The Court declines to apply judicial estoppel in this case. The plaintiffs' original complaint referred to KDHE and KDHD collectively as "KDH" and did not specify which KDH entity was a party to the Teaming Agreement. The Court need not decide whether doing so was irreconcilably inconsistent with the counterclaim defendants' current position that KDHD was not a party because Curtis has not alleged any facts to support an inference of bad faith. Curtis alleges that the plaintiffs, KDHE and KDHD, each asserted rights under agreements to which they were not parties through "sleights of hand" by pleading as "KDH." Counterclaim ¶ 96. This characterization of the facts, however, does not show that KDHE and KDHD adopted the position in bad faith.
Furthermore, a lesser remedy is available. The Court recognizes that its December 2008 decision may have been ambiguous in its holding that "KDH" - defined in the opinion as KDHE and KDHD, collectively - owns the T-3 system and the Curtis Deliverables. The Court now clarifies that its December 2008 decision awarded ownership only to KDHE, the entity that was party to the Teaming Agreement.
Therefore, because Curtis has not provided "evidence of intent to manipulate or mislead the courts," the Court declines to apply the extraordinary remedy of judicial estoppel and dismisses Counts I and III as to KDHD. Ryan Operations, 81 F.3d at 365.
b. Count I as to KDHE*fn11
The Court finds that the counterclaims state a claim against KDHE for breach of the Teaming Agreement (Count I).
Count I alleges that KDHE failed to make any effort to include CTL as a party to the Drexel Contract, as required by section 9 of the Teaming Agreement. Counterclaim ¶¶ 124, 103-111. Section 9 provides, in relevant part: "In the event of, and after an award to KDH of a prime contract, [KDHE] will offer and [CTL] will accept subcontracts to perform work and render services required by the prime contracts." Counterclaim Ex. D. The counterclaim defendants, however, argue that Drexel awarded KDHE a subcontract, not a prime contract, and thus did not trigger KDHE's obligation to offer CTL a subcontract. The parties disagree over the Teaming Agreement's usage of the terms "prime contract" and "subcontract," which are not defined in the contract.
"The paramount goal of contract interpretation is to determine the intent of the parties." Baldwin v. Univ. of Pittsburgh Med. Ctr., 636 F.3d 69, 75 (3d Cir. 2011) (citations omitted). The contract itself is the strongest evidence of the parties' intent. See id. at 76. Unambiguous contracts are "capable of only one objectively reasonable interpretation." Id. at 76. "While unambiguous contracts are interpreted by the court as a matter of law, ambiguous writings are interpreted by the finder of fact." Kripp v. Kripp, 849 A.2d 1159, 1163 (Pa. 2004).
Here, the Court cannot dismiss the breach of contract claim against KDHE as a matter of law because the Teaming
Agreement is subject to more than one reasonable interpretation regarding the meaning of "prime contract" and "subcontract." KDHE's interpretation that the terms in section 9 of the Teaming Agreement refer to the type of contract awarded is not unreasonable. However, when read in conjunction with other provisions in the contract, the terms could also be reasonably interpreted to refer to the functional relationship between KDHE and CTL.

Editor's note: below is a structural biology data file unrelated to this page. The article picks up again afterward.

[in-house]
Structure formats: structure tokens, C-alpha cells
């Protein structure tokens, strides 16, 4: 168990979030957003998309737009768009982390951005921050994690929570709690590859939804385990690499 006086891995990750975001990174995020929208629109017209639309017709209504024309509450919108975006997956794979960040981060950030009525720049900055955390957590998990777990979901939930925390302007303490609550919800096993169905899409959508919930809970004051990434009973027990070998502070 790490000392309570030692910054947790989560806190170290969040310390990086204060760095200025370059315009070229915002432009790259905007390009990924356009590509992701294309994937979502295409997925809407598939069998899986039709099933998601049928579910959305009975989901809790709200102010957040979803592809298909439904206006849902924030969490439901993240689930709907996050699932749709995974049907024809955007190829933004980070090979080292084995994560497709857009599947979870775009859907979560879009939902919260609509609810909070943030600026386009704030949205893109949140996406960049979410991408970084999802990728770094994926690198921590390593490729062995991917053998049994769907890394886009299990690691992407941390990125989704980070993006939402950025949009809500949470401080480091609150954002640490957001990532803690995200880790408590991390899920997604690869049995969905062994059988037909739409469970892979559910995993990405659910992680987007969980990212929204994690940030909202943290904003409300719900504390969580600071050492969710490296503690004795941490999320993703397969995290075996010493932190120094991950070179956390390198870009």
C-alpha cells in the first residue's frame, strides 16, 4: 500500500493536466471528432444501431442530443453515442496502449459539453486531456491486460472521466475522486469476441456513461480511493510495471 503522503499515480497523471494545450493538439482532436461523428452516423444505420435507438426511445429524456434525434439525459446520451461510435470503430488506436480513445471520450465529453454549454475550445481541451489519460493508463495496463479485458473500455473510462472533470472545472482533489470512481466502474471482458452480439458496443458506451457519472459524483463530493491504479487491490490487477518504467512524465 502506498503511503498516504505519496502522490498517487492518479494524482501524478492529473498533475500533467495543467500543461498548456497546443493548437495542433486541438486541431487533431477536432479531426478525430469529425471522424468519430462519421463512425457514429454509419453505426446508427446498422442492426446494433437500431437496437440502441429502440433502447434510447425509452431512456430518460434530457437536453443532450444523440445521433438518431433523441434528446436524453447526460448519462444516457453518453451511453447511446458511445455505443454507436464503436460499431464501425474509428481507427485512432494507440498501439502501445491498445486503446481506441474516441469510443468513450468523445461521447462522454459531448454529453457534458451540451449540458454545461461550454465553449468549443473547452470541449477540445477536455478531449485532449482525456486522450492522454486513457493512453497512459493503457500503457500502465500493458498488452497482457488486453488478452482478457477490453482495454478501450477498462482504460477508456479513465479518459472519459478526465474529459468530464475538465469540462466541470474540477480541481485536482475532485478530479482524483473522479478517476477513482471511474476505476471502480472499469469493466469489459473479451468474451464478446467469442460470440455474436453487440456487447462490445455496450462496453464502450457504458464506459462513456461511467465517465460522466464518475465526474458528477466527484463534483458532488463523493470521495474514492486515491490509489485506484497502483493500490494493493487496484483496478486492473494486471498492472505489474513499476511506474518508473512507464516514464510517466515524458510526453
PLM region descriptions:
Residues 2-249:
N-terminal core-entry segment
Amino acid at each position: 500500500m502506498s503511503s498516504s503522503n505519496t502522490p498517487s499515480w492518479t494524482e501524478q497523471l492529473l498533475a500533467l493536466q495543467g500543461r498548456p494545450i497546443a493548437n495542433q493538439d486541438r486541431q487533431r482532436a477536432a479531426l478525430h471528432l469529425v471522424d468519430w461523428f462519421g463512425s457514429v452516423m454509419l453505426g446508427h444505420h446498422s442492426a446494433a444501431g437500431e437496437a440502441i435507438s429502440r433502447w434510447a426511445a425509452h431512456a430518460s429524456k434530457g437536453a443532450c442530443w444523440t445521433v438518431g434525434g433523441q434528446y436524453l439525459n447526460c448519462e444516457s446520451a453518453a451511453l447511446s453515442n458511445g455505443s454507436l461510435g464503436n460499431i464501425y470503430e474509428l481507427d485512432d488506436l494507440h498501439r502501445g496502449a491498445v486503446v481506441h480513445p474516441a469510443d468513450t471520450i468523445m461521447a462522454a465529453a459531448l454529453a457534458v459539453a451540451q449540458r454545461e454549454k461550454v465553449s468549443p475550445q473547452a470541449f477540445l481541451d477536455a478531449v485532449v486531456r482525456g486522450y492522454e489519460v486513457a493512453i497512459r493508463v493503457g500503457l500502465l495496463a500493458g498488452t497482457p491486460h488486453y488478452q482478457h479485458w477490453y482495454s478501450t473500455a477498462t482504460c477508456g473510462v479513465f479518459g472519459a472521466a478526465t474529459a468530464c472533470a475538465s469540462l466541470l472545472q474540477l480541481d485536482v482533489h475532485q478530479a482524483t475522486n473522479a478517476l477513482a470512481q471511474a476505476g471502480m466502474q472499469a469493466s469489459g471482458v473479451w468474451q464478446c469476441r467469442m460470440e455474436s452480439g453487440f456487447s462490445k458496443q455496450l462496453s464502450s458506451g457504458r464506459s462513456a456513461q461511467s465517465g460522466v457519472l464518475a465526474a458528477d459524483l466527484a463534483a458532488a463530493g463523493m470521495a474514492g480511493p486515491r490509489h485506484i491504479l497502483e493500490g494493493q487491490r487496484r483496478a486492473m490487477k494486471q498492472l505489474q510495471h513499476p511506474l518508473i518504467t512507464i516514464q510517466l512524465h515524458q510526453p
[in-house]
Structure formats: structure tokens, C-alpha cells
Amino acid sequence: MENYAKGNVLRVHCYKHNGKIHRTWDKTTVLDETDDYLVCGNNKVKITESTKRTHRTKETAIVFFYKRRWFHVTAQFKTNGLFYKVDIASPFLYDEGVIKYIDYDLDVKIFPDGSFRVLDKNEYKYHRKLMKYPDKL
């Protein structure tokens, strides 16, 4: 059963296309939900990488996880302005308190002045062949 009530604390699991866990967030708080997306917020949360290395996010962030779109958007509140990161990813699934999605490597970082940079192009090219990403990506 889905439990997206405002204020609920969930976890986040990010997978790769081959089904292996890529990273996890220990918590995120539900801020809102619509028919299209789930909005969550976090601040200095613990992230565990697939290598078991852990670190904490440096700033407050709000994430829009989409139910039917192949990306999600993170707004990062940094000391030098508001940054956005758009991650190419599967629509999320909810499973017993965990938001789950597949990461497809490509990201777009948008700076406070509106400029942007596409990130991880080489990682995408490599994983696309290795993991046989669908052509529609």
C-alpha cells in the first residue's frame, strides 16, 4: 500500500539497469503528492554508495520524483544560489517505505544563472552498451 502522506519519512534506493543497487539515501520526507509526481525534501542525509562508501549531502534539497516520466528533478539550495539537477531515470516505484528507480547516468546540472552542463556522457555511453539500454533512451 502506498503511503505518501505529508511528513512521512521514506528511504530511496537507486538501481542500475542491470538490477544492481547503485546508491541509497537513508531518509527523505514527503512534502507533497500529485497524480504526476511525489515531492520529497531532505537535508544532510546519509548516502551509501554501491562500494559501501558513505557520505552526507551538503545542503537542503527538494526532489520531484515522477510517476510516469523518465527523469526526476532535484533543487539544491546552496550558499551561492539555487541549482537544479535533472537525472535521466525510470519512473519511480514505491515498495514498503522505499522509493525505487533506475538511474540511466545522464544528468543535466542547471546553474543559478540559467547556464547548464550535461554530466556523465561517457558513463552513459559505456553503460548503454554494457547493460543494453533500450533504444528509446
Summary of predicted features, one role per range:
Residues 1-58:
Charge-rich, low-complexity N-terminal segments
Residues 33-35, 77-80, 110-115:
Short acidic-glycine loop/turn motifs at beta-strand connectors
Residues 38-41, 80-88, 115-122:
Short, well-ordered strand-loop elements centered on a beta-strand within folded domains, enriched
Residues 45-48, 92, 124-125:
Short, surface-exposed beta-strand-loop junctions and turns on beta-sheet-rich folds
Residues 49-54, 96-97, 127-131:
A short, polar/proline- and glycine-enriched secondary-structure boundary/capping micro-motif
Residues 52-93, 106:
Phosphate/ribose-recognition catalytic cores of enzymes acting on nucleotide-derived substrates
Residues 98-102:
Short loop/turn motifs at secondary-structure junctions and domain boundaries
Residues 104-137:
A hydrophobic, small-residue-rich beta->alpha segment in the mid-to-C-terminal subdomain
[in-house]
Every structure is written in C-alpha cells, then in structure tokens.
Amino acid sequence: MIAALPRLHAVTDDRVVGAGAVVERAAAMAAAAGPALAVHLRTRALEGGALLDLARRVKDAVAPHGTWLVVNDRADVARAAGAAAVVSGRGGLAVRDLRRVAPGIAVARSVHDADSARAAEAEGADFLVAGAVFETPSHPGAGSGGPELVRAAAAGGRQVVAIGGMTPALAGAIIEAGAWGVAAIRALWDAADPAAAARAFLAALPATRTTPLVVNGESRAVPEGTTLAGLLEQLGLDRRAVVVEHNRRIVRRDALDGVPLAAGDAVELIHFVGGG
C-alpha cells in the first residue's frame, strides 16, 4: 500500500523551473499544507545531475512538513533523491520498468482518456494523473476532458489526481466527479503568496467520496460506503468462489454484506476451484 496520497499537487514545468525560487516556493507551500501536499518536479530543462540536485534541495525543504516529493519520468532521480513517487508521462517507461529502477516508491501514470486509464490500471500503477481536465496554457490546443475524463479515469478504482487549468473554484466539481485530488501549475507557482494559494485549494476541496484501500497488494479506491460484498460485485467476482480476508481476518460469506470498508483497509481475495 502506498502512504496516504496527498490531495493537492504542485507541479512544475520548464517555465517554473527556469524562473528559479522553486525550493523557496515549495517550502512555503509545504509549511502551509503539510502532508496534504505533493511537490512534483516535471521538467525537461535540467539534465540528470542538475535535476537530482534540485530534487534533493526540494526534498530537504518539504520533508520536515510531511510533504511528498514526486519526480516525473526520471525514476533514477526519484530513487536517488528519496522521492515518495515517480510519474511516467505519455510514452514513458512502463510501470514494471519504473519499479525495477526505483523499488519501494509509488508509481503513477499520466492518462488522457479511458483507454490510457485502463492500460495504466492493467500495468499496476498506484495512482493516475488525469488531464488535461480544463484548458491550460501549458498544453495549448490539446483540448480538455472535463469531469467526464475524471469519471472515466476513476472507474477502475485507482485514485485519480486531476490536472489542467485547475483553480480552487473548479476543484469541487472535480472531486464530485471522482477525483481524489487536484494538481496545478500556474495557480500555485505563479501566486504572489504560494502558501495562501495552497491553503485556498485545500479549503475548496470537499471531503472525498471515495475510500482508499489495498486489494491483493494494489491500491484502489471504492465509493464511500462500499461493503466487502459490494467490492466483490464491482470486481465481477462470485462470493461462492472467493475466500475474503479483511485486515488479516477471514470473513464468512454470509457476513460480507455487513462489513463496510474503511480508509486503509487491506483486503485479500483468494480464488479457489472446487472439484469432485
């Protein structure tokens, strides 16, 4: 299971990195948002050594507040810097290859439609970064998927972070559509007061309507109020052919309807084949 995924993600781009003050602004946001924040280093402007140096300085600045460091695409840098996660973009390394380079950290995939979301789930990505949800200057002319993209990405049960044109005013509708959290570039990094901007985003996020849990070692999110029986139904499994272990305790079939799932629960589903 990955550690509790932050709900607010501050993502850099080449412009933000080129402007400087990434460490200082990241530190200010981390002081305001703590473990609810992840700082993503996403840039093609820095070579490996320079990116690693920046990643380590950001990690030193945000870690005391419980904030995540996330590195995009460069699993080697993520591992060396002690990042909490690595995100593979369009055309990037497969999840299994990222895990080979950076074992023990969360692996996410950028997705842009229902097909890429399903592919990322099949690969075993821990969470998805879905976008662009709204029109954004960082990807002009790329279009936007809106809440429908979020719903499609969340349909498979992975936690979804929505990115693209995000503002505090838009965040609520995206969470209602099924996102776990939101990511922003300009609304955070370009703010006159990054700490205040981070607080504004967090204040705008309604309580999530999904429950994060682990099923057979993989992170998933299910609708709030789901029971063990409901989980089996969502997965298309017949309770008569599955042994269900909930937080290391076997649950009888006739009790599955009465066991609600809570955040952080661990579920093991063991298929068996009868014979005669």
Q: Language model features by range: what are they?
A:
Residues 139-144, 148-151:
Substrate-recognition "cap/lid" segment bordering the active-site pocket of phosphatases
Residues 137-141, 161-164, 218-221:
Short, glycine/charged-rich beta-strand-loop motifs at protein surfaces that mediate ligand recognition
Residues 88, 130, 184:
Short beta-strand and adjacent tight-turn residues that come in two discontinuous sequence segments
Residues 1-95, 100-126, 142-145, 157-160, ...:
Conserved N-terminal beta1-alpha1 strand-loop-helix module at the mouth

First, the whereas clause specifies that "[KDHE] shall act as the prime contractor, and [CTL] shall act as subcontractor, for the development and supply of Product to the Customers." Counterclaim Ex. D at 1. This clause uses "prime contractor" and "subcontractor" to describe the relationship between the parties, not the type of contract awarded. Second, section 4 of the Teaming Agreement specifies that each party will "exert its best effort to prepare a proposal which will result in the selection of [KDHE] as prime contractor by the Customer and the acceptance of [CTL] as a subcontractor for their respective portion of the work." Counterclaim Ex. D at 2. Again, the word "respective" suggests that the use of the terms in section 4 refers to the relationship of the parties.
Thus, the Teaming Agreement is ambiguous on the issue of whether the award of the Drexel Contract to KDHE triggered the obligation to offer CTL a subcontract. At this stage, ambiguity in the agreement is sufficient to overcome the motion to dismiss. See Whelan v. CareerCom Corp., 711 F. Supp. 198, 200 (M.D. Pa. 1989) (denying motion to dismiss contract claim where there were two reasonable interpretations of a contract term).
KDHE counters, however, that CTL itself breached the Teaming Agreement by failing to provide the required deliverables under the contract. MTD at 10-11. KDHE makes two arguments relating to the breach: (1) first, CTL's breach prevents them from suing for breach, and (2) second, CTL's breach discharges KDHE's obligations under the Teaming Agreement. Both arguments turn on the question of whether CTL's breach was material.*fn12
Neither argument has merit in the context of this motion to dismiss.
A breach is material when it goes to the "essence of the contract" and "will deprive the injured party of the benefit that is justifiably expected" under the contract. Gen. Motors Corp. v. New A.C. Chevrolet, Inc., 263 F.3d 296, 315 (3d Cir. 2001) (citing Farnsworth on Contracts § 8.16 at 495-97). Whether a breach of contract is material is generally an issue of fact unless the materiality question "admits of only one reasonable answer." Norfolk S. Ry. Co. v. Basell USA Inc., 512 F.3d 86, 92 (3d Cir. 2008).